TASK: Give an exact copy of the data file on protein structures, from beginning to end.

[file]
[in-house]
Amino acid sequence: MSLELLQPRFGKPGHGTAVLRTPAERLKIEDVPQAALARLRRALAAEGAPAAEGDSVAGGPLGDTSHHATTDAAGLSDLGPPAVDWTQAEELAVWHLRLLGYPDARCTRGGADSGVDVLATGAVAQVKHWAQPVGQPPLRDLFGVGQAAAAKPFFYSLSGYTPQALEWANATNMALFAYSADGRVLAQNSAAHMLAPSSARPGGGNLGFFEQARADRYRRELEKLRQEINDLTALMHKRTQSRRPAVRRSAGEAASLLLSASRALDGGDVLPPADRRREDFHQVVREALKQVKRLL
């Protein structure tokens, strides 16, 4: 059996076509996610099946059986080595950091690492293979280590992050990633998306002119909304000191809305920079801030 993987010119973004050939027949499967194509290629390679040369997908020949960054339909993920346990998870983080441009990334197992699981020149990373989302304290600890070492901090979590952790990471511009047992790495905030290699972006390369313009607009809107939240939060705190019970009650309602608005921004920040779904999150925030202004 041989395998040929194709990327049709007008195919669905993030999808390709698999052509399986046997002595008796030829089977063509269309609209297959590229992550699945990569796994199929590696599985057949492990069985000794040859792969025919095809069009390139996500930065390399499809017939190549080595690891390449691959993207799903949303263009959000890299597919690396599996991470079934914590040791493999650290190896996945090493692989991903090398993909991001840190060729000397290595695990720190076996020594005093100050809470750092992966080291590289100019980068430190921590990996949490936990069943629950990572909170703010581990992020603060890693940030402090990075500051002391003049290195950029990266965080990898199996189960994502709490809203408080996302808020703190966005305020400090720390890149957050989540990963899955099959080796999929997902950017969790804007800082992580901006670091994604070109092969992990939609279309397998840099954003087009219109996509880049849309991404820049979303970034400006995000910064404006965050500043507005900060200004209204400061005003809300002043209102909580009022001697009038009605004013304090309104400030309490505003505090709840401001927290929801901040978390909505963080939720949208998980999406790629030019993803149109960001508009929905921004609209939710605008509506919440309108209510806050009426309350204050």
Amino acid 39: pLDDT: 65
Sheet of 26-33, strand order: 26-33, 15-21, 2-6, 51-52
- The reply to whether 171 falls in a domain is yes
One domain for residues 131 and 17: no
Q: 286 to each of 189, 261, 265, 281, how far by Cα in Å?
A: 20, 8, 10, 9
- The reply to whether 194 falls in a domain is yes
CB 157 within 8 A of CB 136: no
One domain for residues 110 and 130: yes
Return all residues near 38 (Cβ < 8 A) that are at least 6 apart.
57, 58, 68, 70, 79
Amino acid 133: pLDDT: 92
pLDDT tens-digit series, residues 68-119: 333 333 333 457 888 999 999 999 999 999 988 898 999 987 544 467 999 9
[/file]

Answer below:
[in-house]
Amino acid sequence: MSLELLQPRFGKPGHGTAVLRTPAERLKIEDVPQAALARLRRALAAEGAPAAEGDSVAGGPLGDTSHHATTDAAGLSDLGPPAVDWTQAEELAVWHLRLLGYPDARCTRGGADSGVDVLATGAVAQVKHWAQPVGQPPLRDLFGVGQAAAAKPFFYSLSGYTPQALEWANATNMALFAYSADGRVLAQNSAAHMLAPSSARPGGGNLGFFEQARADRYRRELEKLRQEINDLTALMHKRTQSRRPAVRRSAGEAASLLLSASRALDGGDVLPPADRRREDFHQVVREALKQVKRLL
């Protein structure tokens, strides 16, 4: 059996076509996610099946059986080595950091690492293979280590992050990633998306002119909304000191809305920079801030 993987010119973004050939027949499967194509290629390679040369997908020949960054339909993920346990998870983080441009990334197992699981020149990373989302304290600890070492901090979590952790990471511009047992790495905030290699972006390369313009607009809107939240939060705190019970009650309602608005921004920040779904999150925030202004 041989395998040929194709990327049709007008195919669905993030999808390709698999052509399986046997002595008796030829089977063509269309609209297959590229992550699945990569796994199929590696599985057949492990069985000794040859792969025919095809069009390139996500930065390399499809017939190549080595690891390449691959993207799903949303263009959000890299597919690396599996991470079934914590040791493999650290190896996945090493692989991903090398993909991001840190060729000397290595695990720190076996020594005093100050809470750092992966080291590289100019980068430190921590990996949490936990069943629950990572909170703010581990992020603060890693940030402090990075500051002391003049290195950029990266965080990898199996189960994502709490809203408080996302808020703190966005305020400090720390890149957050989540990963899955099959080796999929997902950017969790804007800082992580901006670091994604070109092969992990939609279309397998840099954003087009219109996509880049849309991404820049979303970034400006995000910064404006965050500043507005900060200004209204400061005003809300002043209102909580009022001697009038009605004013304090309104400030309490505003505090709840401001927290929801901040978390909505963080939720949208998980999406790629030019993803149109960001508009929905921004609209939710605008509506919440309108209510806050009426309350204050």
Amino acid 39: pLDDT: 65
Sheet of 26-33, strand order: 26-33, 15-21, 2-6, 51-52
- The reply to whether 171 falls in a domain is yes
One domain for residues 131 and 17: no
Q: 286 to each of 189, 261, 265, 281, how far by Cα in Å?
A: 20, 8, 10, 9
- The reply to whether 194 falls in a domain is yes
CB 157 within 8 A of CB 136: no
One domain for residues 110 and 130: yes
Return all residues near 38 (Cβ < 8 A) that are at least 6 apart.
57, 58, 68, 70, 79
Amino acid 133: pLDDT: 92
pLDDT tens-digit series, residues 68-119: 333 333 333 457 888 999 999 999 999 999 988 898 999 987 544 467 999 9